“We thought at first about whether to begin carrying assistive technologies in our stores, or creating a “special” section for toys for kids with disabilities. But we knew we didn’t want to do that. Parents want their child to be treated like every other child.” - Tom DeLuca
After a few months of testing, it came as no surprise to DeLuca that many of Toys “R” Us’ popular products could be used by kids with disabilities. He proposed to Toys “R” Us management that the Lekotek Center help them develop a guide for parents to select toys appropriate to their own children:
"There was absolutely no resistance to the idea. It wasn't a business decision, but an emotional one. It was considered a community service." - Tom DeLuca
The "Toy Guide for Differently Abled Kids"
In 1993, the National Lekotek Center partnered with Toys “R” Us to publish the first “Toy Guide for Differently Abled Kid.” Distribution was handled by the National Parent Network on Disabilities.
Lekotek drafted the copy that described the features of each toy, based on the assessment of “trained play experts” who observed children with disabilities playing with the toys and noted the skill levels required in nine areas:
- Gross Motor
- Fine Motor
- Social Skills
Lekotek Center’s Diana Nielander notes that some toy companies are resistant to incurring the additional cost in design and production that might come from including consideration for children with disabilities, thinking that the market is too small. Since the first Guide was published in 1993, numerous news articles have featured the Toys “R” Us Toy Guide for Differently Abled Kids, citing the considerable size and growth of the market for toys for children with disabilities:
“The market for toys for handicapped children is as much as $2 billion a year, according to the Toy Manufacturers of America, and could grow faster than the $20.7 billion toy market as a whole.” -New York Times, 12/25/97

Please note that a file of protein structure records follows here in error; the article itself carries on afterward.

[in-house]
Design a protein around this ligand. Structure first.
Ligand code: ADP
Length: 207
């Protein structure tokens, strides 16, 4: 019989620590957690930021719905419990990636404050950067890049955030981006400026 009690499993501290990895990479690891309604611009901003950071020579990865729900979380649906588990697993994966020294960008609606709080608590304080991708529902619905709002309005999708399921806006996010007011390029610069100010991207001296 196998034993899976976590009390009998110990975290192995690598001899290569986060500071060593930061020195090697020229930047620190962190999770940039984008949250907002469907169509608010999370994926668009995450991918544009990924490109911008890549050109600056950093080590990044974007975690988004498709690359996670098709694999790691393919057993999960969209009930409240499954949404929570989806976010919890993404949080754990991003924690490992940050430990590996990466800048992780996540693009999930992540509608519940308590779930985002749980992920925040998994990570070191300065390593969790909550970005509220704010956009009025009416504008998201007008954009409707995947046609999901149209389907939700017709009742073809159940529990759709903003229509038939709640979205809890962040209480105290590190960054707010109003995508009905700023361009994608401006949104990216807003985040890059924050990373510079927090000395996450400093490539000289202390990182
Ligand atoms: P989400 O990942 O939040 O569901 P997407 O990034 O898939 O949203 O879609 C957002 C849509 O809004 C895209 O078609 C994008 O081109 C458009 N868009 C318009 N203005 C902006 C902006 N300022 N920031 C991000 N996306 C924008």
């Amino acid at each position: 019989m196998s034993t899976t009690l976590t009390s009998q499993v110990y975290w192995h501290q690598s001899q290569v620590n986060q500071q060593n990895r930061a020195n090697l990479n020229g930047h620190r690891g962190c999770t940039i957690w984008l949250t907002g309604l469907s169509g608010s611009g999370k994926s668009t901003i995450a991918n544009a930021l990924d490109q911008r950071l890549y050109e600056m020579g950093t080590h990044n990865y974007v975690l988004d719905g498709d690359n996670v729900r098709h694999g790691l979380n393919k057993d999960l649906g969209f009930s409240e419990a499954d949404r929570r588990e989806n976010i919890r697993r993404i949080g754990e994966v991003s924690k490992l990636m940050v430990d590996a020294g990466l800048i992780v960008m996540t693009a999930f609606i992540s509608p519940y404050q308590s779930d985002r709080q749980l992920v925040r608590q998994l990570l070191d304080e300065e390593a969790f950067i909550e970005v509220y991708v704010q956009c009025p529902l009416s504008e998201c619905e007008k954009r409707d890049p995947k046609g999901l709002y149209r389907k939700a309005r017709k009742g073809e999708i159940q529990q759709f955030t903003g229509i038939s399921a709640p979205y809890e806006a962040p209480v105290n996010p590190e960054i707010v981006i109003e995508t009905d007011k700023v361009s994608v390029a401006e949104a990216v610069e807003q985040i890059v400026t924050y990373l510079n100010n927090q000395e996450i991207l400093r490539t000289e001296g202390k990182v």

The American Academy of Pediatrics estimates that at least six million children have some form of disability, ranging from learning disorders to severe mental and physical handicaps. The number has increased by about 20 percent in the last decade as survival rates have risen for premature babies and for infants with ailments that were once usually fatal.
In addition, Lekotek Center and Toys “R” Us worked with both Mattel and Fisher Price in the development and launch of products for children with disabilities.
Through compliance with the Americans with Disabilities Act, Toys “R” Us stores are accessible to people with disabilities. In 2003, 22 suppliers of adapted toys for kids with disabilities are available through the internet.
Now Toys “R” Us’ Vice President of Imports, Product Development, and Safety Assurance, Tom DeLuca puts these numbers into perspective:
“We can’t measure the benefits of this program, and we don’t try - we know it is helping our customers. We’ve gotten thousands and thousands of letters [from parents of kids with disabilities] about this program. They tell their relatives and friends about Toys “R” Us.”